Rock 'N' Roll Lyric of the Day:

"I rounded first never thought of the worst
"As I studied the shortstop's position
"Crack went my leg, like the shell of an egg
"Someone call a decent physician
"I'm no Pete Rose, I can't pretend
"Though my mind is quite flexible, these brittle bones don't bend"

-- Jimmy Buffett, Growing Older But Not Up


Posted on: June 29, 2010 7:21 pm
Edited on: June 29, 2010 7:30 pm

Bo knows Jeffrey Loria

One more glimpse into the dysfunctionality of the Marlins:

They've interviewed two men so far to replace fired manager Fredi Gonzalez, interim skipper Edwin Rodriguez and Arizona third-base coach Bo Porter.

Porter was Florida's third-base coach last year. He fled the organization last winter because Gonzalez and his coaching staff were operating under the assumption that owner Jeffrey Loria probably would fire them by this year's All-Star break, according to major-league sources.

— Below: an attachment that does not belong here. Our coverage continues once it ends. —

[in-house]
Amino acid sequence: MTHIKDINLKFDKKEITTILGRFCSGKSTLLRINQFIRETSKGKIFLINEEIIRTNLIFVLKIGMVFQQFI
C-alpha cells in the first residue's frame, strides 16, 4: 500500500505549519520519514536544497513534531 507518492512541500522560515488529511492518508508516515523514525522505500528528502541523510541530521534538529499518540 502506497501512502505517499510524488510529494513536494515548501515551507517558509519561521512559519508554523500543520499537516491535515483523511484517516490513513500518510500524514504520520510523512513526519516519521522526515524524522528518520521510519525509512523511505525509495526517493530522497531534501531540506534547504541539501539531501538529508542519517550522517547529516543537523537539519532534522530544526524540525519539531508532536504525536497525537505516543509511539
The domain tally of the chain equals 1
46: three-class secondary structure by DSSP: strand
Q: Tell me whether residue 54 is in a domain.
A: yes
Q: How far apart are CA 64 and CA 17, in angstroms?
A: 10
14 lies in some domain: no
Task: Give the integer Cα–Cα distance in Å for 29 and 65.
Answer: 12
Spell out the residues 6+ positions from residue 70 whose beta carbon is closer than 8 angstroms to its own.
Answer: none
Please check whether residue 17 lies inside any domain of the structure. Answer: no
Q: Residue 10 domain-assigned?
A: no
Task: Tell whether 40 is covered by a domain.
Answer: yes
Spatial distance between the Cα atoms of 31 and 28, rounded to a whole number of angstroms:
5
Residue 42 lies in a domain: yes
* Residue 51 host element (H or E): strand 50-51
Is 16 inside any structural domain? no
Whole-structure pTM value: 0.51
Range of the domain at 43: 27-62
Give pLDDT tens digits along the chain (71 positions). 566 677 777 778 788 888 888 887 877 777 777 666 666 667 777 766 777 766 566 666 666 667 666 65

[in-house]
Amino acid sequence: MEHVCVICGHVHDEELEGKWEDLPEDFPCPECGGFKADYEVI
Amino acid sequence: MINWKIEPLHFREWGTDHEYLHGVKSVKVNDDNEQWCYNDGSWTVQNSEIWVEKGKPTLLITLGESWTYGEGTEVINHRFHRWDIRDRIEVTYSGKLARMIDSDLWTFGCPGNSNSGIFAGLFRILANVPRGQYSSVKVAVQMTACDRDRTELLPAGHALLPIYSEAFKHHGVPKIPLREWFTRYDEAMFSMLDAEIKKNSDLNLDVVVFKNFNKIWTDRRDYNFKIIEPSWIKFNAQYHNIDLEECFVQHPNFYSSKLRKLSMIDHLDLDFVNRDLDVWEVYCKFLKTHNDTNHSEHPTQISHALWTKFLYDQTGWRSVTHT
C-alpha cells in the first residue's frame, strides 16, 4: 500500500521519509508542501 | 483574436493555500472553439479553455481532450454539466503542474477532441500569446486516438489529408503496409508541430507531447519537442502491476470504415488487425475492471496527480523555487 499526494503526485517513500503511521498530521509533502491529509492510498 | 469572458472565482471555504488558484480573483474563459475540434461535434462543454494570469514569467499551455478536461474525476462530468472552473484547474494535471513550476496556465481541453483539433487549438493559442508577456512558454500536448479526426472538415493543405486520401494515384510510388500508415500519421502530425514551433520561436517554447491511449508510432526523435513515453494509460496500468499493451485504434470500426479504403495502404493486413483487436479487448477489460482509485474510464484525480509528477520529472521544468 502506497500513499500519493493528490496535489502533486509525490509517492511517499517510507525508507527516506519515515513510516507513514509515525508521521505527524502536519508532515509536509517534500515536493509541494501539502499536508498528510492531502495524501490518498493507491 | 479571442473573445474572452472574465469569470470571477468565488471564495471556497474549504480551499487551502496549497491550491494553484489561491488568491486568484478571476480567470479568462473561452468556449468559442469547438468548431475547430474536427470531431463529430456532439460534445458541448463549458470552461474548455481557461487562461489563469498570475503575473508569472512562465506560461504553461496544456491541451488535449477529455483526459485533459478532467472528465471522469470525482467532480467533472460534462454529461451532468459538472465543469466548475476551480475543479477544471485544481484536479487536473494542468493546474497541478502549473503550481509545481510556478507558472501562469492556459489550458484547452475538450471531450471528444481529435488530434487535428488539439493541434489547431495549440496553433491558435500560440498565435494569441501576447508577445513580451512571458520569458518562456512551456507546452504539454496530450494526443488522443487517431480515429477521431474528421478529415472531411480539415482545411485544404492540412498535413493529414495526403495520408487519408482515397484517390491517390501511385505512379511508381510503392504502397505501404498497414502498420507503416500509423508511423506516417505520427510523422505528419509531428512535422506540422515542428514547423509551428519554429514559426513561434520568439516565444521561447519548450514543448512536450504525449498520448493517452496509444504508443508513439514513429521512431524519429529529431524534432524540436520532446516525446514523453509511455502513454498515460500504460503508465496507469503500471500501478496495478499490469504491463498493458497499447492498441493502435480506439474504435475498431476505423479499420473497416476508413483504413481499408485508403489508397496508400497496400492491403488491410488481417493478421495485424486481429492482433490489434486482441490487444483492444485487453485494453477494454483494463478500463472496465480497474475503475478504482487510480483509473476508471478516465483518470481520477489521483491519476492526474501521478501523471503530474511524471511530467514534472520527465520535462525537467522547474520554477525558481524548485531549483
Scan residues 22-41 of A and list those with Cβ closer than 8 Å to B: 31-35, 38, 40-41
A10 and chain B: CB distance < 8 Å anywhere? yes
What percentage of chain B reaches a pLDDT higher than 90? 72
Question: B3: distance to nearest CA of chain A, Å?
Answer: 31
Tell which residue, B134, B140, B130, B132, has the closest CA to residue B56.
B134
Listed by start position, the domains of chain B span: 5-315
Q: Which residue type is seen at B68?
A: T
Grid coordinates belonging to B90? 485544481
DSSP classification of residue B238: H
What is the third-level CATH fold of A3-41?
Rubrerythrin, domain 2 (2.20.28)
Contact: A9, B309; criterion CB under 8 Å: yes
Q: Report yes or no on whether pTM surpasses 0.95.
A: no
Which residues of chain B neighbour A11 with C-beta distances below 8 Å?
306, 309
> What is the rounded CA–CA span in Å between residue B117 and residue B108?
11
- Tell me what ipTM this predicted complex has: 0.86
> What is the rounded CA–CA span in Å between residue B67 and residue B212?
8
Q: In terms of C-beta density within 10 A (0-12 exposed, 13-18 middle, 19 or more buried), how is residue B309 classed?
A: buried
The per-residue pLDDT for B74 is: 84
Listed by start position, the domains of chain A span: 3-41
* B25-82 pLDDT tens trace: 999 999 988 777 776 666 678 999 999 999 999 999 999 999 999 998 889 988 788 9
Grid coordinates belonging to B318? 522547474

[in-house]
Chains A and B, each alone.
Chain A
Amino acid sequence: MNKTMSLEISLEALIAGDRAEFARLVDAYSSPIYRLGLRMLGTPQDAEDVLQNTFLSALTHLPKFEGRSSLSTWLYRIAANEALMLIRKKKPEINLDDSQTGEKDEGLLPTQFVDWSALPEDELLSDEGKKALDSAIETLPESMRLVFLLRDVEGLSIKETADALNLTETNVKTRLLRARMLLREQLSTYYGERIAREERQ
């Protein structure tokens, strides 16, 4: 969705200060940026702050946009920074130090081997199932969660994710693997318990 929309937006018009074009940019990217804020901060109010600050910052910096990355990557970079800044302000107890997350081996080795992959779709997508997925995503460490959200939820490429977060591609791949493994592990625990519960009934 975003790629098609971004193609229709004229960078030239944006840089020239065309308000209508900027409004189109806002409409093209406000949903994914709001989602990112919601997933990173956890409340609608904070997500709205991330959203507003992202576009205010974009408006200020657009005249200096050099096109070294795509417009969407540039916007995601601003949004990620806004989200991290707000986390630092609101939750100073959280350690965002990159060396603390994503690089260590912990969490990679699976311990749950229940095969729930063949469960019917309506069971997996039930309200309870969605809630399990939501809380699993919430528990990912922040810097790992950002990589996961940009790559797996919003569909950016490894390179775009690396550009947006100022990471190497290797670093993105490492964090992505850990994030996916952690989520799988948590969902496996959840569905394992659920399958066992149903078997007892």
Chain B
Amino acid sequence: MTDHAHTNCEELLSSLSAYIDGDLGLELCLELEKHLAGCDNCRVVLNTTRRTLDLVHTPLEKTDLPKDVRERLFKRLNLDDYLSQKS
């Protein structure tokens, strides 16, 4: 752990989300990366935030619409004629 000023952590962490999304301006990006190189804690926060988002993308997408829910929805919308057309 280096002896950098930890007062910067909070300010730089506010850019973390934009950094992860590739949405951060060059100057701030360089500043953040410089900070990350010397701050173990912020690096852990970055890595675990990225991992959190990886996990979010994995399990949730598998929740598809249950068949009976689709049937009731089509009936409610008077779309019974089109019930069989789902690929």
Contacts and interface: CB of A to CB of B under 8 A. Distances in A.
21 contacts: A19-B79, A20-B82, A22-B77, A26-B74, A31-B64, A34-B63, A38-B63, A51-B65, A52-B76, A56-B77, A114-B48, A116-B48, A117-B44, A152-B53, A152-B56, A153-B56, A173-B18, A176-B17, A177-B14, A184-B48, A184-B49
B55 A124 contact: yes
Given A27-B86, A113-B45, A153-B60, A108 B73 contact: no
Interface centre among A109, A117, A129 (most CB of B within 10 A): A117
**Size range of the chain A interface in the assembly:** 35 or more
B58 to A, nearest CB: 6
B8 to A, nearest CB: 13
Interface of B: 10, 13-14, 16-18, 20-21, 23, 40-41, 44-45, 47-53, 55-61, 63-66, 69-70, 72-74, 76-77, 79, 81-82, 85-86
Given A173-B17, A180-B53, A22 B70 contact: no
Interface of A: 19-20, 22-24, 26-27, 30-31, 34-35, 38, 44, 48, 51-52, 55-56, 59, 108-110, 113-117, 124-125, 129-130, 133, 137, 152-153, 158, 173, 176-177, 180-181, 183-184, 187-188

Porter spent the past five seasons in the Marlins' organization, and he was their third-base coach from 2007-2009.

Yet he took a lateral job in Arizona, telling people when he left Florida that he would never work for Loria again.

It looks like he still won't: Loria told the Marlins before Tuesday night's game with the Mets that Rodriguez will finish out the season as manager.

Porter's interview? Either the latest proof positive of the lengths to which some men will go to have a chance to manage in the majors, or he simply participated in what some in the industry think was a courtesy interview that allows the Marlins to comply with Commissioner Bud Selig's edict that clubs interview minority candidates for every opening.

The Marlins were reprimanded for not complying with that when they fired Jeff Torborg in 2003 and hired Jack McKeon.